Africa Day is celebrated annually on 25 May to mark the formation of the Organisation of African Unity (OAU) on 25 May 1963 and the African Union (AU) in 2002. On this day, the African Union chart the progress made by the continent to advance democracy, peace, stability and socio-economic development.
Below are 11 things you need to know about this day;
- Seventeen countries gained independence from European colonizers between 1958 and 1963, and to mark their liberation, several states started celebrating African Liberation Day around that time.
- The newly-liberated countries felt the need to express solidarity with one another, and in May 1963, 32 African countries met in Addis Ababa to form the Organisation of Africa Unity (OAU). It was a major political force on the continent until the 1990s.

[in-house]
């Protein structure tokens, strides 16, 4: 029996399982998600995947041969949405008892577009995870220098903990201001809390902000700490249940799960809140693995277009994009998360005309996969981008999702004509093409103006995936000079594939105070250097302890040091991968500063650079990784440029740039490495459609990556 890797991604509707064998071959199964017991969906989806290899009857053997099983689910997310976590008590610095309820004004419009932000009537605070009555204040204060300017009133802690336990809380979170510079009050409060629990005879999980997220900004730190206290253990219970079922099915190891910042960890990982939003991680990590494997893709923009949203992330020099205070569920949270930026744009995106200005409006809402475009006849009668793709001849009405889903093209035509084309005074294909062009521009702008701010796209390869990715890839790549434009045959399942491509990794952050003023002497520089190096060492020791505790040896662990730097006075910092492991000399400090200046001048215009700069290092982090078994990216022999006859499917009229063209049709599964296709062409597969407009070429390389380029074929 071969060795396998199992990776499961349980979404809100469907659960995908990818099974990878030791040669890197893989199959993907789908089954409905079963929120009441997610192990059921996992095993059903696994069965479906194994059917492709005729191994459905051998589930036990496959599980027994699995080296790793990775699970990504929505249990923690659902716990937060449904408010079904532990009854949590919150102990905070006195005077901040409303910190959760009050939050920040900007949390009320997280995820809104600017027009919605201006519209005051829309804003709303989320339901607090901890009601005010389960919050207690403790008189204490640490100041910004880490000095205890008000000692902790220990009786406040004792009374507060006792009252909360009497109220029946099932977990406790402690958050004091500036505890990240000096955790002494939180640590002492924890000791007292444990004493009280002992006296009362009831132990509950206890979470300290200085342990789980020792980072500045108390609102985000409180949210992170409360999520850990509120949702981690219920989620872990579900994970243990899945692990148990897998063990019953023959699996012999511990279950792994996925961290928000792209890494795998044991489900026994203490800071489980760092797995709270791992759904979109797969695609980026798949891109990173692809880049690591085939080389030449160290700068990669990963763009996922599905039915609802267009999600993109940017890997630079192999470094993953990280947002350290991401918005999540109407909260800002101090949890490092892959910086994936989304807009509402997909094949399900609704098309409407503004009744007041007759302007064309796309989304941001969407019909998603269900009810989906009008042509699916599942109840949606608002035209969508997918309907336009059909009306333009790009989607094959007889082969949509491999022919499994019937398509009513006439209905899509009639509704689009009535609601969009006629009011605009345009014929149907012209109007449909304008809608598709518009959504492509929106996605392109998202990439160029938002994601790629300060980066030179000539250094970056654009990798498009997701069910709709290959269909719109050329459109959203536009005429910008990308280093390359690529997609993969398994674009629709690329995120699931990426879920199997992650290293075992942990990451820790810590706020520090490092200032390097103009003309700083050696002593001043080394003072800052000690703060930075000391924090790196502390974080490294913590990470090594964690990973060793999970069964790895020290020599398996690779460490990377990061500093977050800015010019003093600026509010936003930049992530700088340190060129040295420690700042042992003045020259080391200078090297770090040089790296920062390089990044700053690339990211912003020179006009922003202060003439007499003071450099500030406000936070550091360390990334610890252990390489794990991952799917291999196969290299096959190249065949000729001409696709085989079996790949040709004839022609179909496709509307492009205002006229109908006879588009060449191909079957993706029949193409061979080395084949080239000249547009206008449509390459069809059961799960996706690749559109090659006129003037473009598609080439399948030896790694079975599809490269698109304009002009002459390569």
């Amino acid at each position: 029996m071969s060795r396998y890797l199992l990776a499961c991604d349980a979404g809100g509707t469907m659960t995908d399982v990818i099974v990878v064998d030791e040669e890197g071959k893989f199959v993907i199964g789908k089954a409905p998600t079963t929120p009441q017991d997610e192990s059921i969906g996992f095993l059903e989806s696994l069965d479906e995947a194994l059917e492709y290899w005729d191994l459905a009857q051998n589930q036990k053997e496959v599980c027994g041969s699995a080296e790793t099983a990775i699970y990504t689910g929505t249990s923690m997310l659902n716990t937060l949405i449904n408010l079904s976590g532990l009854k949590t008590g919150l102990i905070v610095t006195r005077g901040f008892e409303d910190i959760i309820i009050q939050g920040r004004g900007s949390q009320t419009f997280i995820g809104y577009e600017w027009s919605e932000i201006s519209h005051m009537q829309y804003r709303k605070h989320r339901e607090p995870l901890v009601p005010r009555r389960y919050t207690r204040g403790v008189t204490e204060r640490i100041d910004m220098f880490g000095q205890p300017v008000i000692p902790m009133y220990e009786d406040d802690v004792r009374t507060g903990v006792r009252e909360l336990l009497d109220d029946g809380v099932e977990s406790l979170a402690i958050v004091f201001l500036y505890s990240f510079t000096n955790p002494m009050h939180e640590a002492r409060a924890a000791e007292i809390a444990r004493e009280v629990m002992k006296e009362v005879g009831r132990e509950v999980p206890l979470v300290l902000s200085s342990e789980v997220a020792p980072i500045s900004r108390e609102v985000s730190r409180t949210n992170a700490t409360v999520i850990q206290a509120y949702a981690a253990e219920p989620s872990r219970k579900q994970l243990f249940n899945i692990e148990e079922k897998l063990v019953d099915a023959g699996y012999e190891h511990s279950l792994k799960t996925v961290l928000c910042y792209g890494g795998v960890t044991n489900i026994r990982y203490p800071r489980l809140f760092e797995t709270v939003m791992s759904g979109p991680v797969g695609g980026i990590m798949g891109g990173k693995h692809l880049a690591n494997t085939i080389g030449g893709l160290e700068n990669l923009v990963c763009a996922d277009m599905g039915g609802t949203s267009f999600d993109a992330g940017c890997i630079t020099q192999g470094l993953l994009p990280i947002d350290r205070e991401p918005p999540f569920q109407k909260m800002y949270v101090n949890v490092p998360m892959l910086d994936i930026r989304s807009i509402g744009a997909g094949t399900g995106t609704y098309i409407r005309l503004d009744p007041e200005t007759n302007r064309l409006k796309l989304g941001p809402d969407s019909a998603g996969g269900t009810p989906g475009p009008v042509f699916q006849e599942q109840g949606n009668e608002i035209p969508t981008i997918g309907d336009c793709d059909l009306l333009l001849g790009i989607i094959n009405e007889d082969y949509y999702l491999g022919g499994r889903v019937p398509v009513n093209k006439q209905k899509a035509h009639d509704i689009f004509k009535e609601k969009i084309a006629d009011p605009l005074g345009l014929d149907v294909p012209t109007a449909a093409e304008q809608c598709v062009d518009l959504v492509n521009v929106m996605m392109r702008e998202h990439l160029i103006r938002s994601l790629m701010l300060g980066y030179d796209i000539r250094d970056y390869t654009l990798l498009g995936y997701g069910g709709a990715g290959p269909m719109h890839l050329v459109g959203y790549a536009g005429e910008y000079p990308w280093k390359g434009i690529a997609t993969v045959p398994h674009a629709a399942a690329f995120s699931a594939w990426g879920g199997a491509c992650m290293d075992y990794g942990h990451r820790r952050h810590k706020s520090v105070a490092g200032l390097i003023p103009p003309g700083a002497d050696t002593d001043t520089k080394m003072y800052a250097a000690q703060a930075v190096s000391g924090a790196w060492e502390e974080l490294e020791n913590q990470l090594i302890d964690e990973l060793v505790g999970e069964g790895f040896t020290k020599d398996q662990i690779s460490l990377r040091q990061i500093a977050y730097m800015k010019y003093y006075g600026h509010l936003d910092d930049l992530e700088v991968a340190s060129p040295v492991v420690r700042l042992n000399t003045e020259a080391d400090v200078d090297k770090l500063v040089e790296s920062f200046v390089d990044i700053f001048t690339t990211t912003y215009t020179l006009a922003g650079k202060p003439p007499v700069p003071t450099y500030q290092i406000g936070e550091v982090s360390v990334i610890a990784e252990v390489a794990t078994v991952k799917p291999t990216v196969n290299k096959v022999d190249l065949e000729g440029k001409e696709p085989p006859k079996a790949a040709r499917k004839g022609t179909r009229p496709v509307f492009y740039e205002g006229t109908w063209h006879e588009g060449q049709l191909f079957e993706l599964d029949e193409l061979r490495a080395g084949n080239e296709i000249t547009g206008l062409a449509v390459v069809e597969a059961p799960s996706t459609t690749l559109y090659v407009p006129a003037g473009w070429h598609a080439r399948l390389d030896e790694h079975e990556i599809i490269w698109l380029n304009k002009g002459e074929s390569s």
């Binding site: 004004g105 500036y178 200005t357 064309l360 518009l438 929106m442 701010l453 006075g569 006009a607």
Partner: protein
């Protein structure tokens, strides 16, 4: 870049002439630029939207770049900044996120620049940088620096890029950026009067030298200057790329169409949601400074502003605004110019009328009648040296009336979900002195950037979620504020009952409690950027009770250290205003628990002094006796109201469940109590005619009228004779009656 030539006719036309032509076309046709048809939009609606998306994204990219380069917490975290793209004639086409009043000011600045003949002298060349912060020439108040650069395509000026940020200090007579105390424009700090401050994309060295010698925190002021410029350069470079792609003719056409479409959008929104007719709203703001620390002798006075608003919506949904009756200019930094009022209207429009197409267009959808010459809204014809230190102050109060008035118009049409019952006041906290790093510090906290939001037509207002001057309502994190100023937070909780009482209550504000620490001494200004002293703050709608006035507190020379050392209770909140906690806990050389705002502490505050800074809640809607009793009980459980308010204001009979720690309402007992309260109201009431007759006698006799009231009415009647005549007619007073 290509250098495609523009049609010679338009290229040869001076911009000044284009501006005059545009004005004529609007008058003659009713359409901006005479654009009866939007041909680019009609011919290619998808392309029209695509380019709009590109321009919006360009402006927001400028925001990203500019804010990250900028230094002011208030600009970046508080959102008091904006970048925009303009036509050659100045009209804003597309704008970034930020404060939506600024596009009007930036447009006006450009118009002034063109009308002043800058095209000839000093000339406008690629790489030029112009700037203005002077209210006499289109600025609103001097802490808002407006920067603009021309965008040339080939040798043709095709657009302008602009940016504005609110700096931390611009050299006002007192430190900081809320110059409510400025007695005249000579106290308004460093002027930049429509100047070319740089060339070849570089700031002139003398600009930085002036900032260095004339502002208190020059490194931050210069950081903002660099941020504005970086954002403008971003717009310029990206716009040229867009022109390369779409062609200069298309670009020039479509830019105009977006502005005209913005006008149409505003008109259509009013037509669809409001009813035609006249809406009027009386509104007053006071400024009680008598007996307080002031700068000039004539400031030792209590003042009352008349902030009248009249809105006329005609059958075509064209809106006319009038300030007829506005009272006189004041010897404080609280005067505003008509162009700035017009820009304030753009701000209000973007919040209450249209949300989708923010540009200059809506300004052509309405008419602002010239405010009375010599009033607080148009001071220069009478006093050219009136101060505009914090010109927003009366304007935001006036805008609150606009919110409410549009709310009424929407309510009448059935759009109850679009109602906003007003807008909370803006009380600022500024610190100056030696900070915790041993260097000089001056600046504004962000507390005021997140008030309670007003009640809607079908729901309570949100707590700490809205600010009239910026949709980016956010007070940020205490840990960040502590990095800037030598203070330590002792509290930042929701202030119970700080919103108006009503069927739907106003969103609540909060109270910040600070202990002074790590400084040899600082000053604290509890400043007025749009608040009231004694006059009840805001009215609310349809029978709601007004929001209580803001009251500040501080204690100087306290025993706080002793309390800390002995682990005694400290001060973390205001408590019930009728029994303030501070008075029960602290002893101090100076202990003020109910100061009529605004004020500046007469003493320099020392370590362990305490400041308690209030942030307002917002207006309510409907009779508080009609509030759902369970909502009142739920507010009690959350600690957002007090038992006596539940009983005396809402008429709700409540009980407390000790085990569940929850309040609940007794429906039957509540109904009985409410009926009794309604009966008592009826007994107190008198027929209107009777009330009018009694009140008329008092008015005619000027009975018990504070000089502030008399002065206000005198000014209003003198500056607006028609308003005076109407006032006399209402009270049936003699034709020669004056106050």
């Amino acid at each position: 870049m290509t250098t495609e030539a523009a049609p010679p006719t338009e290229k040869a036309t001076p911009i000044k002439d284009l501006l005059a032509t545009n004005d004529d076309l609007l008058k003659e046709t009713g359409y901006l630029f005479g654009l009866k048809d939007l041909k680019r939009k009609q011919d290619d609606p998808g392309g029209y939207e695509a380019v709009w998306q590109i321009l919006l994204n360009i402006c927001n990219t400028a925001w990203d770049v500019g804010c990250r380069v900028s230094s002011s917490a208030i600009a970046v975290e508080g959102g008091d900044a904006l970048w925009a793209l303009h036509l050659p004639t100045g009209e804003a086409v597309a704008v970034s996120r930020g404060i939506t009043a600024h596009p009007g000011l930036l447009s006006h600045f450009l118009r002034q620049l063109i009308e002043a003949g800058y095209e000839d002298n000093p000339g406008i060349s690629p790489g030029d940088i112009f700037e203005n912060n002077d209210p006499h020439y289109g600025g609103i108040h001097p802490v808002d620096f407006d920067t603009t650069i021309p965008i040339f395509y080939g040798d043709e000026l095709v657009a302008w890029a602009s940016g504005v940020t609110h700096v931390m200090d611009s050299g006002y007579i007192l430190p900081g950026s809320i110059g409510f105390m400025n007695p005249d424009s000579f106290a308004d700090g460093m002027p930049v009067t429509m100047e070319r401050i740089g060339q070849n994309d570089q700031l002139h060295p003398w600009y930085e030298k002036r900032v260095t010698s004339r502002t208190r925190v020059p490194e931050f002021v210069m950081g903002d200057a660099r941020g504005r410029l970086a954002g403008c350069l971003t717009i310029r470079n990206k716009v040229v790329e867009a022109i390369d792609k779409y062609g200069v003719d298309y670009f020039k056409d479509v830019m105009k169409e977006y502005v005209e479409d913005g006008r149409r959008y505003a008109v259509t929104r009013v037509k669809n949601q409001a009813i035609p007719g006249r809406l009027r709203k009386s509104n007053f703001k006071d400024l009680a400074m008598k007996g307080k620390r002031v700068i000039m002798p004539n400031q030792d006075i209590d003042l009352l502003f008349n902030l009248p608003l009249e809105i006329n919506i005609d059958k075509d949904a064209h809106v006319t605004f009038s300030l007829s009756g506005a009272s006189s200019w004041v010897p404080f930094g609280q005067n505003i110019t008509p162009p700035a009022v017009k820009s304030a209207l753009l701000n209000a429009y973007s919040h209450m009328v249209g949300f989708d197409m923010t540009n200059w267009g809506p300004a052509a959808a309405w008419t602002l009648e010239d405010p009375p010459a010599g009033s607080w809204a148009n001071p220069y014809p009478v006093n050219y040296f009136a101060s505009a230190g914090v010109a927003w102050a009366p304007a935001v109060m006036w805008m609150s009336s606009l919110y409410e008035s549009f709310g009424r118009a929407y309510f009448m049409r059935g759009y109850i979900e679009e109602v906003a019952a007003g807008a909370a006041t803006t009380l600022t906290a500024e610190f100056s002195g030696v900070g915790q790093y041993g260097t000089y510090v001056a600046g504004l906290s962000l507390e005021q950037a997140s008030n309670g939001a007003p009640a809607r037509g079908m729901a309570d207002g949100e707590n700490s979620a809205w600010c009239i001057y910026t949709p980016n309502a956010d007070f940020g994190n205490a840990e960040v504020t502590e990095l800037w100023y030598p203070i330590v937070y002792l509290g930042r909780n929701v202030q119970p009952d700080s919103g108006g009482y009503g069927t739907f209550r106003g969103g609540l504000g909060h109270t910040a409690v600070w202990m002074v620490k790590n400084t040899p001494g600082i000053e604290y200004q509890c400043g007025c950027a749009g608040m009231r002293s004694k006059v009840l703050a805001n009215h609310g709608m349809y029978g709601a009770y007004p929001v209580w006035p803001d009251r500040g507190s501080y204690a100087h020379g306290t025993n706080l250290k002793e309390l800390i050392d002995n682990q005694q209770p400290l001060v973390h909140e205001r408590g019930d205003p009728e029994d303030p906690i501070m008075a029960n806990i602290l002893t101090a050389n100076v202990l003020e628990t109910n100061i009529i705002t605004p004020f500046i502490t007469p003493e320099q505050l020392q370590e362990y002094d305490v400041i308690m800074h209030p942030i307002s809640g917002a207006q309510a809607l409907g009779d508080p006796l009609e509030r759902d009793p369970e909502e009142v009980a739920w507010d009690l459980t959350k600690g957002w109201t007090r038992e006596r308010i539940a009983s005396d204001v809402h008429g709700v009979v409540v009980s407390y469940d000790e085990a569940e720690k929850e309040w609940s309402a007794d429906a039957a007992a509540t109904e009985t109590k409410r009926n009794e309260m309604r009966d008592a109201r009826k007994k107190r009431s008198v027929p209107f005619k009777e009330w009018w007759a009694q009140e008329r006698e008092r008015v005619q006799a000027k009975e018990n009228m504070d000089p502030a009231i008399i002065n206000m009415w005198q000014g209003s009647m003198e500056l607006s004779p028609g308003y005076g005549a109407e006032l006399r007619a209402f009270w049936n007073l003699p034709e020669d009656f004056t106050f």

- Since 1963, 21 more states have joined, notably South Africa, who only became part of the organization in 1994 following the end of white-minority rule.
- South Africa is a founding member of the African Union, which evolved out of the OAU.
- The OAU became the African Union because of the increasingly economic, rather than political, nature of the challenges faced by the continent in the 1990s.
- The OAU was replaced by the African Union (AU) on 26 May 2001, with the belief that some of the structures and aims of the OAU were out of date and out of step with the reality of current Africa.
- Ironically, the African Union was officially launched in Durban, South Africa, in 2002, and 10 years later former Foreign Minister Nkosazana Dlamini-Zuma became the first women chair of the AU Commission.
- The current chairman of the African Union is Zimbabwe President Robert Mugabe.
- The AU remains headquartered in Addis Ababa, and it’s legislative arm, the Pan African Parliament, is in Midrand, South Africa.
- While Africa Day is a national holiday in some African countries, it is widely commemorated.
- The theme for this years’ Africa Day is; “Harnessing the Demographic Dividend through Investments in Youth”.
Sixteen years down the line, has the AU fully embodied the spirit of Pan-Africanism – What is your thought on this?
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